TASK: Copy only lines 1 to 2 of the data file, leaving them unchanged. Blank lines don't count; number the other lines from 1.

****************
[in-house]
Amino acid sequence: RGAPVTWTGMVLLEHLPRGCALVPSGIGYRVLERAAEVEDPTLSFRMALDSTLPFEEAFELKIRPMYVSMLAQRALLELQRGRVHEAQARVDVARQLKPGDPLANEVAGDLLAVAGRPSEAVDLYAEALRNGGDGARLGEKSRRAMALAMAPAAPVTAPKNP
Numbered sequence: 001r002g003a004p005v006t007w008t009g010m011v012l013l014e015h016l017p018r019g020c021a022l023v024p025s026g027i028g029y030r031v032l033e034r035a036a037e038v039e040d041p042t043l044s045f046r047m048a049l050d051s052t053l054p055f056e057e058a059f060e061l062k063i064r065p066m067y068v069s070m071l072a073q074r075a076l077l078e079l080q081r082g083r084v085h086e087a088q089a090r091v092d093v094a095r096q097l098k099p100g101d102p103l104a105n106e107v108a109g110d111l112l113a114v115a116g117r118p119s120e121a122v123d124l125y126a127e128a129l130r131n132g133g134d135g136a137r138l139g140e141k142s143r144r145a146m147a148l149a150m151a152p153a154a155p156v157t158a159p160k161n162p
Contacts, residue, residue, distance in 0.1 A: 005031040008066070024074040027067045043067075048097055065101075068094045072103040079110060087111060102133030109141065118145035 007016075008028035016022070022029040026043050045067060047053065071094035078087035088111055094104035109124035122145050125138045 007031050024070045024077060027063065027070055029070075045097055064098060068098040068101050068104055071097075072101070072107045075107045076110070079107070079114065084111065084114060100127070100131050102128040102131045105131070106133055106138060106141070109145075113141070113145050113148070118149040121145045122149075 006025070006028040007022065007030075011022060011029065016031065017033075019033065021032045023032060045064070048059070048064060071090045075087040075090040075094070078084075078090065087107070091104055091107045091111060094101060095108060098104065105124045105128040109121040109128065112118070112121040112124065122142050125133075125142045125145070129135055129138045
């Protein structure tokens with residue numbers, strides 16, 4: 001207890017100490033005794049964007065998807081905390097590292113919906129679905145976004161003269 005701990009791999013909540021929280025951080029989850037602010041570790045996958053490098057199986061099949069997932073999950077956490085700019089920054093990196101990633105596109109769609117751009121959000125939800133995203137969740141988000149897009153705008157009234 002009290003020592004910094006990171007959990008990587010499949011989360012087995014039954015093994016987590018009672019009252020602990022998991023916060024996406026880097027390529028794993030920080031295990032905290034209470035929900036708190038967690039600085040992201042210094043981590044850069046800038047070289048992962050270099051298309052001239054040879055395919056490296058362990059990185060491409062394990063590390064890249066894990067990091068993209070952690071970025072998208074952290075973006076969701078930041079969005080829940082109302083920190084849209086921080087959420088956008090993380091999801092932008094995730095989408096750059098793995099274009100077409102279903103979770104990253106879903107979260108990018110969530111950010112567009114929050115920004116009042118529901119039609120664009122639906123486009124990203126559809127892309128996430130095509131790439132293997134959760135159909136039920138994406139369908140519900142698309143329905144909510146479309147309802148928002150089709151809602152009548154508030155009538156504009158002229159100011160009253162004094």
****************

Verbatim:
[in-house]
Amino acid sequence: RGAPVTWTGMVLLEHLPRGCALVPSGIGYRVLERAAEVEDPTLSFRMALDSTLPFEEAFELKIRPMYVSMLAQRALLELQRGRVHEAQARVDVARQLKPGDPLANEVAGDLLAVAGRPSEAVDLYAEALRNGGDGARLGEKSRRAMALAMAPAAPVTAPKNP